Yeshiva University President Richard Joel expressed “profound shame and sadness” over the findings of an independent report commissioned by the university to investigate allegations of abuse at its boys high school, and other affiliated schools. Issued on Monday, the report found that “multiple incidents of varying types of sexual and physical abuse took place at the boys school” and other YU schools during the last decades of the 20th century.
The report said the situation has “significantly improved” since 2001, and issued a series of recommended policies and practices to further protect students. Joel stressed, in an interview with The Jewish Week, that while the past cannot be changed, he was proud of current university procedures and pledged to adopt all of the report’s recommendations.
He said YU had moved “away from a culture of apathy regarding issues of abuse toward one of action, change and growth.”
The much-anticipated 53-page report, based on interviews with more than 145 individuals and a review of 96,000 electronic documents and 2.6 million e-mails, was released by Sullivan and Cromwell, the law firm commissioned by YU. The eight-month investigation was believed to have cost the university more than $3 million.
The research was conducted independently and was not shared with YU officials prior to being posted on the firm’s website. The investigative team noted that it sought the halachic, or Jewish legal, advice of Rabbi Gedalia Dov Schwartz, chief of the Beth Din of America, who reviewed a draft of the report and its recommendations.
The main findings appear to corroborate the substance of the allegations by a number of former YU high school students from the 1970s and ‘80s who have filed a lawsuit seeking up to $680 million in damages, primarily against Rabbi George Finkelstein, a former principal of the high school, and Rabbi Macy Gordon, who taught Talmud there from 1956 to 1983.
The allegations first came to light in The Forward in December of last year. Until now there had been no published reports of alleged abuse at other YU schools, though further details were not part of the report’s findings.
The report noted that while the YU board of trustees intended to have the report include specific details of the interviews conducted and documents analyzed, that plan changed because of the pending litigation.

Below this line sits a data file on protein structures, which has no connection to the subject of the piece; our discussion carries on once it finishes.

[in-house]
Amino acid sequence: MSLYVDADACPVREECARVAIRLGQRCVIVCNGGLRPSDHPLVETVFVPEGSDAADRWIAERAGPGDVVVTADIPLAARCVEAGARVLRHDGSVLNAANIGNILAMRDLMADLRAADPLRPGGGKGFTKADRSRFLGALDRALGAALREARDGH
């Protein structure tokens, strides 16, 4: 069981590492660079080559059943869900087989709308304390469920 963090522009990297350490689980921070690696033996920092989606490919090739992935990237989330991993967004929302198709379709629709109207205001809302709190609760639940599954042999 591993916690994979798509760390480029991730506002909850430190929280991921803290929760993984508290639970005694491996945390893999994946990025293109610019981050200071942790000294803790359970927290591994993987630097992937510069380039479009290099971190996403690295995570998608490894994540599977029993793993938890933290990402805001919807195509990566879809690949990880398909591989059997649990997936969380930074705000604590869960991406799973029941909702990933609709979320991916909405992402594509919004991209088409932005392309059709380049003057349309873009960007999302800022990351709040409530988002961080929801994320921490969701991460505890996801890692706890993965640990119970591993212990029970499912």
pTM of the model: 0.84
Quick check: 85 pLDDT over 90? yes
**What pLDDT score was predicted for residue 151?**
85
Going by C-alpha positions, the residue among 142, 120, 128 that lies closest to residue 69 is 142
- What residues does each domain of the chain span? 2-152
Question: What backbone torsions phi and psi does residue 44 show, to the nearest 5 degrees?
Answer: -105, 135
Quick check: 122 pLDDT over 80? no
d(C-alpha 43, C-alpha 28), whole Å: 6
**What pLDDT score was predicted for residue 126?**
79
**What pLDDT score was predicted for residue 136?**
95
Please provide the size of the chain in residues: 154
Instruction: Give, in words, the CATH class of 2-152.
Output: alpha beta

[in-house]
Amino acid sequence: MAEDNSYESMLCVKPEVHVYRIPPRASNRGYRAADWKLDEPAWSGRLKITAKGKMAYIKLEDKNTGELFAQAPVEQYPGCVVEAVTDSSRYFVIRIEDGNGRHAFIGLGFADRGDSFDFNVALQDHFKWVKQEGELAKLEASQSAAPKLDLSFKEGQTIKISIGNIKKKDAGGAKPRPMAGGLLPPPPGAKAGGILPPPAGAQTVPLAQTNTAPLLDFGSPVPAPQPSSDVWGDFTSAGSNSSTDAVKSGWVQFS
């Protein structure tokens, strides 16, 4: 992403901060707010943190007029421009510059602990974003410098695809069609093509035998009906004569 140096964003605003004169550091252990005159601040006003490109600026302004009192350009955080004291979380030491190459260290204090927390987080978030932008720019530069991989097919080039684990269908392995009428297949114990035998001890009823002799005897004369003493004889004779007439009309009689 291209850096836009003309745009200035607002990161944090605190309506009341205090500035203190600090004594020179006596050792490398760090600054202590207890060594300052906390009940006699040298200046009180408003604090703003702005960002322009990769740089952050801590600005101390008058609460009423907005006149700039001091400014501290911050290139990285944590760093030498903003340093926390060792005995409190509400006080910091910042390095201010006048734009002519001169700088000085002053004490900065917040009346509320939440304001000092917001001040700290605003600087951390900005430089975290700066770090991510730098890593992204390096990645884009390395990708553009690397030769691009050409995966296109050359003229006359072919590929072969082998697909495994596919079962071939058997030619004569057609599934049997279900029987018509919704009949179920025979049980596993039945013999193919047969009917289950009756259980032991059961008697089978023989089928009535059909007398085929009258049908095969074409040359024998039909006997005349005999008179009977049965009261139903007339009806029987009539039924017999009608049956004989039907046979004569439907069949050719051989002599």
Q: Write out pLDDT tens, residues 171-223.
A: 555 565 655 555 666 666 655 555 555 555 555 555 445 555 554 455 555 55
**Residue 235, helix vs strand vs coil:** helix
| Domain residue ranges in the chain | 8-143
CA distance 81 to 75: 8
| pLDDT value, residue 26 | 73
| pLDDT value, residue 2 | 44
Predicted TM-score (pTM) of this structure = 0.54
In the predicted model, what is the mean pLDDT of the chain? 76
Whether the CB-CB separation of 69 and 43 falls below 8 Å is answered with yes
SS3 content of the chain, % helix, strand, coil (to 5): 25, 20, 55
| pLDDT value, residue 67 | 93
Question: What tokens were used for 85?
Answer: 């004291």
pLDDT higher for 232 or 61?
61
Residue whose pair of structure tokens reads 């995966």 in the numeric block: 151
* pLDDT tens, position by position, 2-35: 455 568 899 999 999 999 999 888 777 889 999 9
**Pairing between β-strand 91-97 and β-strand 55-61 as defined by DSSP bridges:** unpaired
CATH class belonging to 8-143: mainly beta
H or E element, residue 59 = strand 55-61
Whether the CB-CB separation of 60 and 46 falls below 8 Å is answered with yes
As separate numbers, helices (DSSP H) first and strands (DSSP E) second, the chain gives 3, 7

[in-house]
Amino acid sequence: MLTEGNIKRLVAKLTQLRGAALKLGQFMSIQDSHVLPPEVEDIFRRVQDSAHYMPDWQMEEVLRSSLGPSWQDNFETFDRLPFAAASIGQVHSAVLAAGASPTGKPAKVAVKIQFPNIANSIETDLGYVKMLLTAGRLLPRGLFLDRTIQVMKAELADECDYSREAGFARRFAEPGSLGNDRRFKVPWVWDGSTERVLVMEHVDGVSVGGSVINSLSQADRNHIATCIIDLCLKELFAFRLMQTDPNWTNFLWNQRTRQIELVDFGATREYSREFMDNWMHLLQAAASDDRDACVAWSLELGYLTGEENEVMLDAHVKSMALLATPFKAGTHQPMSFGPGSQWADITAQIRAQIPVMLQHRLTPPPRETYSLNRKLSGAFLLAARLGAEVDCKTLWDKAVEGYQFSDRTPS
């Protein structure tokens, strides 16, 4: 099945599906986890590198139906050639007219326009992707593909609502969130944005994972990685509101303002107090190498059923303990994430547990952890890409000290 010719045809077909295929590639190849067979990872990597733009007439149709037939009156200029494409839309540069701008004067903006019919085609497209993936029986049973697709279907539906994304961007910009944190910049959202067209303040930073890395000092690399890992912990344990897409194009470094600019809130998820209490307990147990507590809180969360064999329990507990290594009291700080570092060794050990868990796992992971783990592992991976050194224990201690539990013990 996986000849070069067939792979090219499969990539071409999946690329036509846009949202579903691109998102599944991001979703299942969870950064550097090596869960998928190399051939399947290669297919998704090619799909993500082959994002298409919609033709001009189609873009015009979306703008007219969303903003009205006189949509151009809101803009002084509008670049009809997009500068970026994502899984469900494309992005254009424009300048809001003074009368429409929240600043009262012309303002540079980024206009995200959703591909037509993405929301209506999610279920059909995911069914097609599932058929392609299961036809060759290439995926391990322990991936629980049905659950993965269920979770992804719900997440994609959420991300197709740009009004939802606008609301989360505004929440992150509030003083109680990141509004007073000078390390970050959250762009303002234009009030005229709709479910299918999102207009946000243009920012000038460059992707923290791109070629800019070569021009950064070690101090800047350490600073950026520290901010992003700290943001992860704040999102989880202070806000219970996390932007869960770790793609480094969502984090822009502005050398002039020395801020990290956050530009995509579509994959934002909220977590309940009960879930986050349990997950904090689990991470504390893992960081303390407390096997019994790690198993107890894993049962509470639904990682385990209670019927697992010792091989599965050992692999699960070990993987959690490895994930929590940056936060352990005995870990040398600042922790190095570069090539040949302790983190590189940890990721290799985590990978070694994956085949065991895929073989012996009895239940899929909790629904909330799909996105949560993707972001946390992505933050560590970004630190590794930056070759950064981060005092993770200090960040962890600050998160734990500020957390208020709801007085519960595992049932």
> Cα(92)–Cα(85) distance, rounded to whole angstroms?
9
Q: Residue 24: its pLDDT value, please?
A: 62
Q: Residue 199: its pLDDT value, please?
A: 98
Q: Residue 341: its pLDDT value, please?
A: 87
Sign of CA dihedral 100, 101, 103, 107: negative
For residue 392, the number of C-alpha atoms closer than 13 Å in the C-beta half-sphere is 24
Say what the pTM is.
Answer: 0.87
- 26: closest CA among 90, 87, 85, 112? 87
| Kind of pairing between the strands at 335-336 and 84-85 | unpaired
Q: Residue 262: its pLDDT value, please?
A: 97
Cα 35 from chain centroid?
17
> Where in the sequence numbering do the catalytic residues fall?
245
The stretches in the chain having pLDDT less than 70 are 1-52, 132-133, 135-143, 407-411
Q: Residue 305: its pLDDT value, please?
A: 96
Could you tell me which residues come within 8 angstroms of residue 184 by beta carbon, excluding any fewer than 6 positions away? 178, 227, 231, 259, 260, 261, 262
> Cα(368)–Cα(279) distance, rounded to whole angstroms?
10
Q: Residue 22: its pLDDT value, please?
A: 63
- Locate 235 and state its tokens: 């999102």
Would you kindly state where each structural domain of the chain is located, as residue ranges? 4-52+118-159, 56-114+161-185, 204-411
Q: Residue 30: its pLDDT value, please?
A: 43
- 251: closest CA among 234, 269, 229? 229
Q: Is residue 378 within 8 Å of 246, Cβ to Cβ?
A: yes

Instead, YU’s special committee dealing with the issue directed the law firm’s investigative team “to describe its findings with respect to sexual and physical abuse in summary fashion.”
As a result, presumably because releasing specific details now would damage YU’s case in defending itself in court, the report is confined to general terms. (Some critics have noted that in the Penn State University case of abuse by Jerry Sandusky, details were included in the Freeh Report despite litigation.)
In the YU case the reported noted only that the investigative team found many incidents of abuse, “carried out by a number of individuals in positions of authority at the high schools at various times,” including in some cases after members of the administration had been told of the misconduct.
The report also found that incidents of sexual and physical abuse took place at other schools that are part of Yeshiva University, and that until 2001, “there were multiple instances in which the University either failed to appropriately act to protect the safety of its students or did not respond to the allegations at all.
“The lack of appropriate response by the University caused victims to believe that their complaints fell on deaf ears or were simply not believed by the University’s administration,” the report noted.
It said the university’s response to allegations of abuse since 2001 have “significantly improved,” and that the school responded “decisively” to address them and “ensure the safety” of its students.
Joel succeeded Rabbi Norman Lamm as president of YU in 2003.
Kevin Mulhearn, the attorney who represents a group of former students suing YU, was quoted in The Forward as calling the report “a gross disappointment but not a surprise,” asserting that it contained no new information. He also took exception to the inference that the former students did not cooperate with the investigation. The report said that the attorney’s clients were “not made available for interviews by the investigative team.”
Mulhearny said that was not true, and Barry Singer, one of two plaintiffs named in the suit, told The Forward he met with investigators in February for several hours.
Most of the report deals with a review of YU’s policies and procedures in preventing cases of abuse, harassment, bullying and hazing, and in reporting and responding to charges.
The team found YU to be committed to a best-practices policy and recommended various ways to improve its procedures.
Joel said that as “a Torah institution,” the school would act “in keeping with halachic caution but with a sense of halachic urgency.” He said the focus will be on improving the standards of the high schools, and he cited a commitment to adopt stricter standards on mandatory reporting than those required by state law. Thus, any alleged incident of abuse will have to be reported to a guidance counselor, principal, the university liaison to the high schools or the office of general counsel.